?

Log in

No account? Create an account
entries friends calendar profile I have stuff on the web here Previous Previous Next Next
A long steep climb in Owl Service country - Helen's journal and online home
heleninwales
heleninwales
A long steep climb in Owl Service country
As part of the reconnoitring for the geology book, G decided that he wanted to do a walk that he hadn't done for at least 30 years and I hadn't done at all. We drove over the pass to Dinas Mawddwy and turned off the main road and made our way to Cwm Cywarch where there is a car park. And then we started to climb...

The track was a good one and once must have been a well-used route from the community in Cwm Cywarch over the mountains to the larger town where we live.

Fleeting patch of sunlight

Fleeting patch of sunlight

The weather forecast had promised sunshine, or at least sunny intervals. This was it and it lasted for all of 5 seconds. But at least it didn't rain and the valley was remarkably sheltered from the wind -- as we discovered when we reached the top of the pass!

Cwm Cywarch. Owl Service territory. This is actually the next valley to the one where Alan Garner's book is set, but no doubt very similar. The weather was pretty gloomy, but it didn't actually rain.

Cwm Cywarch

I really would like to come here again with decent light and the DSLR. It was much more spectacular than I expected.

The valley bottom once was a lake. Now it's just a peat bog, but the floor of this valley was a lake at the end of the last ice age. Lakes are always transitory.They either break through the natural dam that formed them or they slowly fill up with vegetation.

Former lake

Almost at the top! Looking back at the village where we started our walk. You can see the sharp curve of the steep path we have just climbed up.

Almost at the top!

Top of the pass. Finally we reached the top and the wind hit us. I just took a quick shot of the view looking the other way and then we started back down the way we had come.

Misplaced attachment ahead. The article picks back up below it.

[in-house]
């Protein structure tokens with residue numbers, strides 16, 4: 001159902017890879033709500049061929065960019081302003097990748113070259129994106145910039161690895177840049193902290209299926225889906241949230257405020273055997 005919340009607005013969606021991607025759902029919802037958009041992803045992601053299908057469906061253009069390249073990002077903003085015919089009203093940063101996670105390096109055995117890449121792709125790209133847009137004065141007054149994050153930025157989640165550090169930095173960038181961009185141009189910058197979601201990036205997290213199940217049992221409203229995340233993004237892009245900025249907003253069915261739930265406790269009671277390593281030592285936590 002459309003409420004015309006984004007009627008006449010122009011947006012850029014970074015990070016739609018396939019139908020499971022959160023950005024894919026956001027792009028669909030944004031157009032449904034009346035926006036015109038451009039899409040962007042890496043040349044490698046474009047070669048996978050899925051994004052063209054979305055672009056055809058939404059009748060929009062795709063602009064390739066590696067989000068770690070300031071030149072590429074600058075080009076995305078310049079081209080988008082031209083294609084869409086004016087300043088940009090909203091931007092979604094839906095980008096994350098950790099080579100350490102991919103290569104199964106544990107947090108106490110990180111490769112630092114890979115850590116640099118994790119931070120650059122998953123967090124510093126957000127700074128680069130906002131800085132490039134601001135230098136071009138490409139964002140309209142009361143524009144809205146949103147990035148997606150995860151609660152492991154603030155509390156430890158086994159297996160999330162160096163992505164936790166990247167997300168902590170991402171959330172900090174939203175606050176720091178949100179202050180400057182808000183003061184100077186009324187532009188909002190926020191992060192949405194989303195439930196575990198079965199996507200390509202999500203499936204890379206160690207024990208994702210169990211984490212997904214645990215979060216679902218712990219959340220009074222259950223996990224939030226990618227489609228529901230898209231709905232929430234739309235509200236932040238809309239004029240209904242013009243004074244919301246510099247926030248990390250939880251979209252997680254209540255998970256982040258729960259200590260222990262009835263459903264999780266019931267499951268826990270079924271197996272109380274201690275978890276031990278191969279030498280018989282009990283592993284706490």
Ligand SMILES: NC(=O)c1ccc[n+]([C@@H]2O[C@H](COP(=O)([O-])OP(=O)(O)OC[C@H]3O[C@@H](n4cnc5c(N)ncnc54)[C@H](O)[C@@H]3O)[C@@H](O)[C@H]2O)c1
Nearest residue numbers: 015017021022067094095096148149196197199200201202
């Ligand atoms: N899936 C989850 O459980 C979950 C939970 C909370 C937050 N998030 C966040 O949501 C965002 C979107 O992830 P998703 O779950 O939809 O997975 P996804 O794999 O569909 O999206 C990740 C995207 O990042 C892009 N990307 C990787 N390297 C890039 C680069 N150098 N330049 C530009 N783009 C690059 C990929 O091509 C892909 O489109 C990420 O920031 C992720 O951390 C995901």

Top of the pass

The whole walk was only 3.5 miles, but it felt like more than twice that due to being so steep. My legs got a really good workout today.

And finally... I can't resist including this quote from The Owl Service about sheep.

Welsh sheep grazing

'It's the sheep are the problem,' said Gwyn. 'Mostyn Lewis-Jones breeds them with short left legs and Gareth Pugh breeds them with short right legs. There's the boundary fence between the two farms, see, right down the mountain. Mostyn's sheep eat from right to left, and Gareth's from left to right across the slope. When they reach the fence they have to walk backwards and then start again.'

'Isn't it cruel to the sheep?' said Alison.

'Why?'

'When they're on level ground.'

'No. They have special stilts for the short legs,' said Gwyn: 'called wether-go-nimbles. It's an old Welsh craft. They used to carve them in the long winter evenings, but now they're mostly made of fibre-glass.'

'Gosh,' said Alison.



And at this point Gwyn can't control himself any longer and collapses in fits of laughter. :)

Current Mood: tired tired

17 comments or Leave a comment
Comments
khiemtran From: khiemtran Date: December 22nd, 2016 07:08 pm (UTC) (Link)
Nice! I like the light on the curves of those hills in the second photo!
feodora From: feodora Date: December 22nd, 2016 07:22 pm (UTC) (Link)
Your pictures reminded me, as I just today wrote an article for my, german, blog about a hiking tour through parts of Wales and posted some nice pictures too

Edited at 2016-12-22 07:24 pm (UTC)
heleninwales From: heleninwales Date: December 28th, 2016 04:59 pm (UTC) (Link)
I love that slide show. I'm looking forward to doing more exploring now we've retired and have more time for walking.
feodora From: feodora Date: December 28th, 2016 06:29 pm (UTC) (Link)